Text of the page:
Saturday, March 23, 2013

*yawn* *stretch *smile* See&View

We're all a little tired today, and a nap is called for.  We had a nice brunch out at Blue Fig, along with several other Embassy families, after a rather memorable morning with those same families.

The line outside for security formed at 5 a.m.  We joined in at 7 a.m. so definitely did not get the front row, but while the ballroom could hold 1500 people, we expected only to fill half.  It was cold outside.  Remember how I said yesterday started at about 80 degrees then dropped like a rock with the sandstorm?  This morning was overcast and threatened to rain and 47 degrees.  None of us wore coats because we're dummies.

Let me just say, the Secret Service guys are awesome.  Don't tick them off, like the Peace Corps folks waiting with us did and were unapologetic about, and they are very cordial.  They made sure Jonathon's pop tart went safely through security.

This time was a little different than last time when we met President Bush in Manila.  No chairs to sit on while we waited, for one thing, which can make for a long wait when the President isn't expected until 9 a.m.  Ian didn't have to work this one either.  Last time he was off doing his thing, managing the arrivals at the airport  (and had his photo taken in front of Air Force One) and then dealing with the press corps all day.  We didn't see him.  We also didn't see Katherine as she was at Malacanang Palace for the children's welcome.  That's where the photo of Katherine and Mrs. Bush was taken.  The other 3 and I sat in the heat of the Ambassador's yard and waited for hours.  That's a long time for kids 2, 4, and 6.

This time Ian was with us.  Our friend, Donna, had airport duty and had her photo in front of Air Force One.   It felt like the rest of Embassy was busy with the visit, while Ian held down the Consular fort.  Katherine was with us as well, but hung out with her friends.  The boys were in the affectionately labeled Petting Zoo.  All kids between 7-14 were corralled off the ballroom, which allowed them to play (Nicholas had cards), read (Jonathon had a book), make noise, and hang out with their friends and not underfoot.  About 15 minutes before the President arrived they were shuttled into the ballroom and situated on risers so they could all see and, more importantly, shake hands with the President and Secretary Kerry.  Our boys were in the mix somewhere, but being "so far" in the back of the general assembly I couldn't find them.

About 10 minutes late (yes, it matters!) the guests of honor arrived.  And the deluge of cameras began.

And iPads.  I wish I had a pocket full of rocks to throw at every single iPad that was held for photos, and worse, videos.  If I wanted to watch the whole thing on a screen I would have stayed home.  Not that it was live fed anywhere, but you know what I mean.

Secretary Kerry was a Foreign Service brat starting around 11 years old, and it was great he spoke directly to our kids, and to us, as one of us.  Personal note, his voice is deeper than I expected.  And no, it doesn't matter one bit.  Just sayin'.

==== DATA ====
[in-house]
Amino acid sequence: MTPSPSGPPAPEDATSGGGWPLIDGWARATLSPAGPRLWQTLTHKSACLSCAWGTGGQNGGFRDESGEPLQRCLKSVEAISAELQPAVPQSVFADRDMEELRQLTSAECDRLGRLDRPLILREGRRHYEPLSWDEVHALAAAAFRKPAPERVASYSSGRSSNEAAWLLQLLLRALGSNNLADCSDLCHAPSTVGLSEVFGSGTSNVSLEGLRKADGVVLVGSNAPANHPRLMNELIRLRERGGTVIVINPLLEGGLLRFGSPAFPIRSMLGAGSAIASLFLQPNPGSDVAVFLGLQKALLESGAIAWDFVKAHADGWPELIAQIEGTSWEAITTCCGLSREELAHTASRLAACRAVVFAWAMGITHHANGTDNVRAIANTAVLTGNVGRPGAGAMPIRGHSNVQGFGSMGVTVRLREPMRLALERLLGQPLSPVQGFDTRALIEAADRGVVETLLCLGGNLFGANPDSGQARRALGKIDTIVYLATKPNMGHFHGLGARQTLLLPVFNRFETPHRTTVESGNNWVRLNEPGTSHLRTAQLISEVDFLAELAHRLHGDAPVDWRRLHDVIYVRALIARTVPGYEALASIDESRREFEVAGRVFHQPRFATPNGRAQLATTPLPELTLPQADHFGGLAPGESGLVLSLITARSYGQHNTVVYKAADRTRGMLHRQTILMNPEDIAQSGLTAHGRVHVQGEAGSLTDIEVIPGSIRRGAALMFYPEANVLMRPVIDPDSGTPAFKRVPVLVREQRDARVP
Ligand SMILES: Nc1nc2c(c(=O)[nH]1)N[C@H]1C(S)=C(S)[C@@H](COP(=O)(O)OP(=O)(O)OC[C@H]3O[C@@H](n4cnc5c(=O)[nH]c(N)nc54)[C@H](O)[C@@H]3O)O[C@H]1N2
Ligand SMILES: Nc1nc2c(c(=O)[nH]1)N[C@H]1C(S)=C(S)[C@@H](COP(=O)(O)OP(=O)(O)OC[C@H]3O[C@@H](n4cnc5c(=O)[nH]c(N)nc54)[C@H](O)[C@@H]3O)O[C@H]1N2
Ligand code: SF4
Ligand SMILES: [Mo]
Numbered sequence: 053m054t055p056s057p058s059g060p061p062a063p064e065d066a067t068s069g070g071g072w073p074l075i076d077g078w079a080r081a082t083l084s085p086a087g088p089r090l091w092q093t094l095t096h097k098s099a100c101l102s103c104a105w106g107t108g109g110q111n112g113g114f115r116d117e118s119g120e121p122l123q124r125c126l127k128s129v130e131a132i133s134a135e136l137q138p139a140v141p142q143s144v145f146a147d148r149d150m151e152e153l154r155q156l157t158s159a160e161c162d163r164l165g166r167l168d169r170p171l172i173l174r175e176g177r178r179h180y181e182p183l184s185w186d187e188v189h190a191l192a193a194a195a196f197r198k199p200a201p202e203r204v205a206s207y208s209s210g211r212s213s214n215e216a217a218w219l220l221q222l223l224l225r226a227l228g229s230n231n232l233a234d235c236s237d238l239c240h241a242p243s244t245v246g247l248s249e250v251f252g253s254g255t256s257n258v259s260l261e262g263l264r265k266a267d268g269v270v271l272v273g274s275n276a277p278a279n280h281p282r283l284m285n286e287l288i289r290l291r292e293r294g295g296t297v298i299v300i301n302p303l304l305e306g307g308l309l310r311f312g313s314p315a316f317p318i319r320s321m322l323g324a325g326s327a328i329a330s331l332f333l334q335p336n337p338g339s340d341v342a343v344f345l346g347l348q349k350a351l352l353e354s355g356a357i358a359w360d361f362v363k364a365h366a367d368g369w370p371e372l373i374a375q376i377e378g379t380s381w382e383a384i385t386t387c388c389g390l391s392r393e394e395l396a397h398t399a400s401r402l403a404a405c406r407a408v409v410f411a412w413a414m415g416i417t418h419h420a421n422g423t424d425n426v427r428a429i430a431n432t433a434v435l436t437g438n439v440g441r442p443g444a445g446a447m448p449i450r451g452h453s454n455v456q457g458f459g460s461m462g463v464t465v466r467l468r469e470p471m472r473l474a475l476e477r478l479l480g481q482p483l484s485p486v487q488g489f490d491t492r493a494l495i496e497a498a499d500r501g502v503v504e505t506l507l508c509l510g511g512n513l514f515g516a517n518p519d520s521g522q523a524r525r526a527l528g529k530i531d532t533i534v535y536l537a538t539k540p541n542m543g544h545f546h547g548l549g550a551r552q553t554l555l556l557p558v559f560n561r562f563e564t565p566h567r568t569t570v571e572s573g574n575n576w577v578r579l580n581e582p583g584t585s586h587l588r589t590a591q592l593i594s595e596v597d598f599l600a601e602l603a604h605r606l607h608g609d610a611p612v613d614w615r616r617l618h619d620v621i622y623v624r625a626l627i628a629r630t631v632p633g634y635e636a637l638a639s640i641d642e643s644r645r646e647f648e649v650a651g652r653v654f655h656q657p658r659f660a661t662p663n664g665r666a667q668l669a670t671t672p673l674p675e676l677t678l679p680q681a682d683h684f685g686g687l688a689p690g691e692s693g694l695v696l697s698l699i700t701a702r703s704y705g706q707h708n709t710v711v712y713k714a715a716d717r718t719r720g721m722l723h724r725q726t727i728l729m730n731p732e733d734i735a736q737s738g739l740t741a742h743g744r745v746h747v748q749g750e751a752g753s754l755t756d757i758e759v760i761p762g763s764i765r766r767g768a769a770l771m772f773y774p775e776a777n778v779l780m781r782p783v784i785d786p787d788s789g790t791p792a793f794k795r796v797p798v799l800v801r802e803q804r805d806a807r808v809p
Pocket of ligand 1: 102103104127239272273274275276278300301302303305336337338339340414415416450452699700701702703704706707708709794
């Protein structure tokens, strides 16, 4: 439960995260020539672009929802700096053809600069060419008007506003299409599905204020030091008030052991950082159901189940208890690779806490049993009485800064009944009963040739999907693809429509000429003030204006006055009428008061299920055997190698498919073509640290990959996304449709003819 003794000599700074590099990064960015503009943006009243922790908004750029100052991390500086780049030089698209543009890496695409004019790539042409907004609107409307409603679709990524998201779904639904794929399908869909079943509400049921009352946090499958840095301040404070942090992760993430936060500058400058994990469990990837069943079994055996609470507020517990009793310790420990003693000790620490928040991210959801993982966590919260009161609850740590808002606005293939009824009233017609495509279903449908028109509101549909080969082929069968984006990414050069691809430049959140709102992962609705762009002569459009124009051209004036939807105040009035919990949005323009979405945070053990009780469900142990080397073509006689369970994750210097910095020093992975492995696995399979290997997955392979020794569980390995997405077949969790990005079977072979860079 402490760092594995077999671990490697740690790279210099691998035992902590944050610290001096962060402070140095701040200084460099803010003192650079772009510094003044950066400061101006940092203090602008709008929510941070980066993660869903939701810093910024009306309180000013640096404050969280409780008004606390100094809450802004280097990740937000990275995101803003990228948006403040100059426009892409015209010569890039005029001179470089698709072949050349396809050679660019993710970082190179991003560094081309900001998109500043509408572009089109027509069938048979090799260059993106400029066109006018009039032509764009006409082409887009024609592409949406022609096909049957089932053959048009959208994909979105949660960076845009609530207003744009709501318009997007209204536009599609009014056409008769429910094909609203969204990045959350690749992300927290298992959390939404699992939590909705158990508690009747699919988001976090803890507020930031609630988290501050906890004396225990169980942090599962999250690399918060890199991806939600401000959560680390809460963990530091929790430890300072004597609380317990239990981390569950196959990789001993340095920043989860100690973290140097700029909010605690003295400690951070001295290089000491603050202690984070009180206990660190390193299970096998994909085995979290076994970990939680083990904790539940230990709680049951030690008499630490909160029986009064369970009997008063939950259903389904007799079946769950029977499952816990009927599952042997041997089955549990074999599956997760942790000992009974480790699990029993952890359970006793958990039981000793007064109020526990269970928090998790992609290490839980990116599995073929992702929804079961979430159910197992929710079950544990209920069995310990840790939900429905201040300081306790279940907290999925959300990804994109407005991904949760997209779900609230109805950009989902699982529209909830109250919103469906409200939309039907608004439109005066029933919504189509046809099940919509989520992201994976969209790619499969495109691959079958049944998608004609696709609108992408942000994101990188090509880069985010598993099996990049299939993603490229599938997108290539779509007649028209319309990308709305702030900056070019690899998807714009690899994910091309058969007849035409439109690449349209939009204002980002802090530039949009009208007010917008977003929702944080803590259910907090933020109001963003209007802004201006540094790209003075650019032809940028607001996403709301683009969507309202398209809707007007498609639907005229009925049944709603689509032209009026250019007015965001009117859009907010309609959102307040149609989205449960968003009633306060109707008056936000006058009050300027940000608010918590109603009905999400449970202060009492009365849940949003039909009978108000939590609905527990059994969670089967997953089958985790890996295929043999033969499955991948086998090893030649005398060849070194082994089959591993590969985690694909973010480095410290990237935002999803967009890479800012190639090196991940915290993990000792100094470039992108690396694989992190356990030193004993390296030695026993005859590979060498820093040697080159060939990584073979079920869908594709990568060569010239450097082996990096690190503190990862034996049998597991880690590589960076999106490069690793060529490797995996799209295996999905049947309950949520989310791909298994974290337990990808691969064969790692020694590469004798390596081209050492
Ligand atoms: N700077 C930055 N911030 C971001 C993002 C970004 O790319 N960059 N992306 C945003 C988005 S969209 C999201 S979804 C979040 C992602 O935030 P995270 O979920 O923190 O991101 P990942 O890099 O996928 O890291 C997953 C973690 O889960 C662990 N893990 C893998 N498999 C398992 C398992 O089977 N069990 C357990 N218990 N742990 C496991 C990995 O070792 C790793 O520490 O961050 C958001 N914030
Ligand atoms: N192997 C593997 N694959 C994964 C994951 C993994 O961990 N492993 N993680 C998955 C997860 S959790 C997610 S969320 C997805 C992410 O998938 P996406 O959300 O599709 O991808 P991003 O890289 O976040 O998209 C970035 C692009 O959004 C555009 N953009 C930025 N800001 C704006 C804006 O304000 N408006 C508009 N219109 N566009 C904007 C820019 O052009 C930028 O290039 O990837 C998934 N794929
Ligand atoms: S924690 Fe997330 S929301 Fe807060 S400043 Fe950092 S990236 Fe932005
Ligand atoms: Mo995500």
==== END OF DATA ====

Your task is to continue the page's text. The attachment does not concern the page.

Well bummer, my short video of President Obama didn't even get in focus.  Thanks iPad person.

Nicholas and Rebecca shook his hand, the rest of us were not so lucky, but that's OK.

Getting to see him in person was a privilege.  Thank you Mr. President for taking time out of your day to meet with us, it meant a lot.

Friday, March 22, 2013

Truffles and Schtuff

There's nothing going on *she lied* so here's a smattering of stuff from the past week.  Actually, most are from today.  And yes it is a lie that nothing has been going on, just that we're not part of much that is going on.  Recently was the Red to Dead Marathon Race (well, longer than a marathon I guess, it takes about 3 hours to drive and the race is run over the course of an entire night), coming up is the Dead Sea Marathon in April, I got a job as the new co-CLO at post, and President Obama is in town this weekend.

But I'll show you a photo of canned truffles.  Because why not. 

Do people actually buy canned truffles?  What does one use canned truffles for?  For a second I thought they were chocolate truffles in a can, but no, they are the kind that a piggy would dig up with his snout.  In a can.

In other news, we brought Tandoori to the vet early this afternoon.  He's the only one of the 4 that requires a vet visit for nail clipping.  The others I can do in their sleep.  But then I can also touch their bellies and their paws and anywhere else without fear of retribution.  Tandoori is skittish and perpetually on edge.  Touching his paws is a no-no at any time, except at the vet office where he's so freaked out he freezes up.  So we toss him in the carrier and go.  The other cats find this the perfect time to check him out. Or taunt him.  We can't really tell.  Tandoori kind of puts up with Shawarma but the other two get nothing but hisses and swipes and general bad language thrown at them.  So when Tandoori gets shoved in a box the other take it upon themselves to irritate him to no end by stuffing their noses through the bars, staring at him, and sitting on top of the cage.  Tandoori takes it, he knows they have the upper hand.  We also figure he's sending them "I hate you" vibes through the bars anyway.